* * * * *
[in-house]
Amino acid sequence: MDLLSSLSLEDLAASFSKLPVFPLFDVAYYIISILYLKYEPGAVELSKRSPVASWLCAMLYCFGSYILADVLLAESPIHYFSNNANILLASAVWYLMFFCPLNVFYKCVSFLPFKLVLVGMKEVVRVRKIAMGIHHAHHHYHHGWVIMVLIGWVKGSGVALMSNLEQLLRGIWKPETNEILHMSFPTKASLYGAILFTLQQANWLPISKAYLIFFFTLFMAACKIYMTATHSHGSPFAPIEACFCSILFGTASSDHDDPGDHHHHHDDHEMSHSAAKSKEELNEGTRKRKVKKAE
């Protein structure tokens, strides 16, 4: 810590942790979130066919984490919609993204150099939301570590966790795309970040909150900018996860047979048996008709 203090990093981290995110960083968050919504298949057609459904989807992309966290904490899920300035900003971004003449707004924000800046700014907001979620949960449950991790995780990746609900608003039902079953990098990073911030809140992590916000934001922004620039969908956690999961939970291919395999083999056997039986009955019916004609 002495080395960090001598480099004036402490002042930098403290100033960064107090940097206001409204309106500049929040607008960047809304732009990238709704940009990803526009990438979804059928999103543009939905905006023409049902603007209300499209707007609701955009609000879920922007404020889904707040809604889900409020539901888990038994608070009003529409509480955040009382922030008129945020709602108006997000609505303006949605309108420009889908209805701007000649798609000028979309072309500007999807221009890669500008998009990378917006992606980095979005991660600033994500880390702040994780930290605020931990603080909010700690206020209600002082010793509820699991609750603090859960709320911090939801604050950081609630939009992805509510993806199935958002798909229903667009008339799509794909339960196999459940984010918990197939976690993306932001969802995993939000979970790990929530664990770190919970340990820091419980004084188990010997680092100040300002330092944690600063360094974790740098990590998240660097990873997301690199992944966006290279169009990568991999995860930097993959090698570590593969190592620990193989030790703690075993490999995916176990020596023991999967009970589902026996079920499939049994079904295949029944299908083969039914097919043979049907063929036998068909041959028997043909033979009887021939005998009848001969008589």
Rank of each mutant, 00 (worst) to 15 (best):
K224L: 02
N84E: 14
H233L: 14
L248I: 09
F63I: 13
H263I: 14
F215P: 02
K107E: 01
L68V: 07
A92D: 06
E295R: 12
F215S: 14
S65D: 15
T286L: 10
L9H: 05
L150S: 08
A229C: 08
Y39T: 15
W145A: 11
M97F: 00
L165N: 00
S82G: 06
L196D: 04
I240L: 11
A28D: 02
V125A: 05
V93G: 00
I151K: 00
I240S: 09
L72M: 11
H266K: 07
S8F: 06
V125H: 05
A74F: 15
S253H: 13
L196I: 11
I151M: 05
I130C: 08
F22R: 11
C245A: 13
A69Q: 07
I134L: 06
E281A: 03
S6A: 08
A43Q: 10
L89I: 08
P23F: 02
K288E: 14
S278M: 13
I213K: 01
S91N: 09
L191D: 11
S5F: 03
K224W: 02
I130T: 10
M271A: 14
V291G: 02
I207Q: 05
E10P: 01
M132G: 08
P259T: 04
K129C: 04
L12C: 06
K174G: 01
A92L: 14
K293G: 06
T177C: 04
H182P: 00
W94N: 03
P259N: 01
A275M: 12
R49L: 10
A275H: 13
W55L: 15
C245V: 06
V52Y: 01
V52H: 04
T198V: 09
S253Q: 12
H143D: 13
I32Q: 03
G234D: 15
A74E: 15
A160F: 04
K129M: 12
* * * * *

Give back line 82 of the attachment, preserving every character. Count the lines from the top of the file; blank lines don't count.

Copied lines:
T198V: 09